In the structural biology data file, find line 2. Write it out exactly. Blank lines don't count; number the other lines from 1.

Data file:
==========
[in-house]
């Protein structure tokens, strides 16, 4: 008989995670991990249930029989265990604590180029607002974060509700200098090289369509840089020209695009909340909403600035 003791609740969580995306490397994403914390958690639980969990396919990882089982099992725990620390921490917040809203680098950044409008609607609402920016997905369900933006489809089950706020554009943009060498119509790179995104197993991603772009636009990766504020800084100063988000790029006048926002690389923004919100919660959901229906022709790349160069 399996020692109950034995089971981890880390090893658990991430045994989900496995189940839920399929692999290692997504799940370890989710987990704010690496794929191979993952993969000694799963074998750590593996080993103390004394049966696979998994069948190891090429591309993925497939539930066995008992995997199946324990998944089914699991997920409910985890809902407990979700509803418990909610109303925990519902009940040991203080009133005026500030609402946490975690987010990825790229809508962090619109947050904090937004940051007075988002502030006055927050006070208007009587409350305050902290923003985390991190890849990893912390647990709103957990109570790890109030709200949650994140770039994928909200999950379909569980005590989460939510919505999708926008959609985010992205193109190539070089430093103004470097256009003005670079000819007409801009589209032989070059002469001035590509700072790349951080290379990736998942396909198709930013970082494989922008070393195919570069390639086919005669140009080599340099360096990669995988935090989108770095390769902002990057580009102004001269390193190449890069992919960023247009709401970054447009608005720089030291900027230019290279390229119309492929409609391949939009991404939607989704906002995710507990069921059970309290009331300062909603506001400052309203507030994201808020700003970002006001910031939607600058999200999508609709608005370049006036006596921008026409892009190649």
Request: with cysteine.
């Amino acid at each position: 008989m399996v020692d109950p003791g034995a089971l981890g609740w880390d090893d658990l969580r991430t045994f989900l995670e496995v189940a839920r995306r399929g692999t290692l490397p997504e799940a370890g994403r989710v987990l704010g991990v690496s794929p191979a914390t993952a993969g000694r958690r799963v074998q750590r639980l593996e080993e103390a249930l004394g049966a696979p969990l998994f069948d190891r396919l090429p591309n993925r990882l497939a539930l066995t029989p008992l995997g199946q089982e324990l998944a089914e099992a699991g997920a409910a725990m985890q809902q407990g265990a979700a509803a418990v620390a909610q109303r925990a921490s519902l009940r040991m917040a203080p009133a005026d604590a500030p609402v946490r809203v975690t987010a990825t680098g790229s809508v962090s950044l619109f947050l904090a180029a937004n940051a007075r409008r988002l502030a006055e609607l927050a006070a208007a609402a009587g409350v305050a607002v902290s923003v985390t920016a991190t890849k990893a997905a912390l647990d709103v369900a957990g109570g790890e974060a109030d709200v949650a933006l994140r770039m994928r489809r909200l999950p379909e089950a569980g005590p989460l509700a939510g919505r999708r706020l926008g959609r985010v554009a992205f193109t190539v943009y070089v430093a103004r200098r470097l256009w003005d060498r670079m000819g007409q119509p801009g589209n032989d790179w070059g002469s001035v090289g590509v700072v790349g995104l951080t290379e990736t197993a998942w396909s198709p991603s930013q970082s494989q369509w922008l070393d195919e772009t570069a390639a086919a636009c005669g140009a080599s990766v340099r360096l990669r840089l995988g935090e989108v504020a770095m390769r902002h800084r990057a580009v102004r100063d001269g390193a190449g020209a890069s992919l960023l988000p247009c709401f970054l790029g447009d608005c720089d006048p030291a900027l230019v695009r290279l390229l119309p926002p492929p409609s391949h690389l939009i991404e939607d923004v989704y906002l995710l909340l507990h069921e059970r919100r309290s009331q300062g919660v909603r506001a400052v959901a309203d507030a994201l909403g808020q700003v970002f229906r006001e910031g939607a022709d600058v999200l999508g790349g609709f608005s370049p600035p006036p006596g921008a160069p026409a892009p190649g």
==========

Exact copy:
């Protein structure tokens, strides 16, 4: 008989995670991990249930029989265990604590180029607002974060509700200098090289369509840089020209695009909340909403600035 003791609740969580995306490397994403914390958690639980969990396919990882089982099992725990620390921490917040809203680098950044409008609607609402920016997905369900933006489809089950706020554009943009060498119509790179995104197993991603772009636009990766504020800084100063988000790029006048926002690389923004919100919660959901229906022709790349160069 399996020692109950034995089971981890880390090893658990991430045994989900496995189940839920399929692999290692997504799940370890989710987990704010690496794929191979993952993969000694799963074998750590593996080993103390004394049966696979998994069948190891090429591309993925497939539930066995008992995997199946324990998944089914699991997920409910985890809902407990979700509803418990909610109303925990519902009940040991203080009133005026500030609402946490975690987010990825790229809508962090619109947050904090937004940051007075988002502030006055927050006070208007009587409350305050902290923003985390991190890849990893912390647990709103957990109570790890109030709200949650994140770039994928909200999950379909569980005590989460939510919505999708926008959609985010992205193109190539070089430093103004470097256009003005670079000819007409801009589209032989070059002469001035590509700072790349951080290379990736998942396909198709930013970082494989922008070393195919570069390639086919005669140009080599340099360096990669995988935090989108770095390769902002990057580009102004001269390193190449890069992919960023247009709401970054447009608005720089030291900027230019290279390229119309492929409609391949939009991404939607989704906002995710507990069921059970309290009331300062909603506001400052309203507030994201808020700003970002006001910031939607600058999200999508609709608005370049006036006596921008026409892009190649």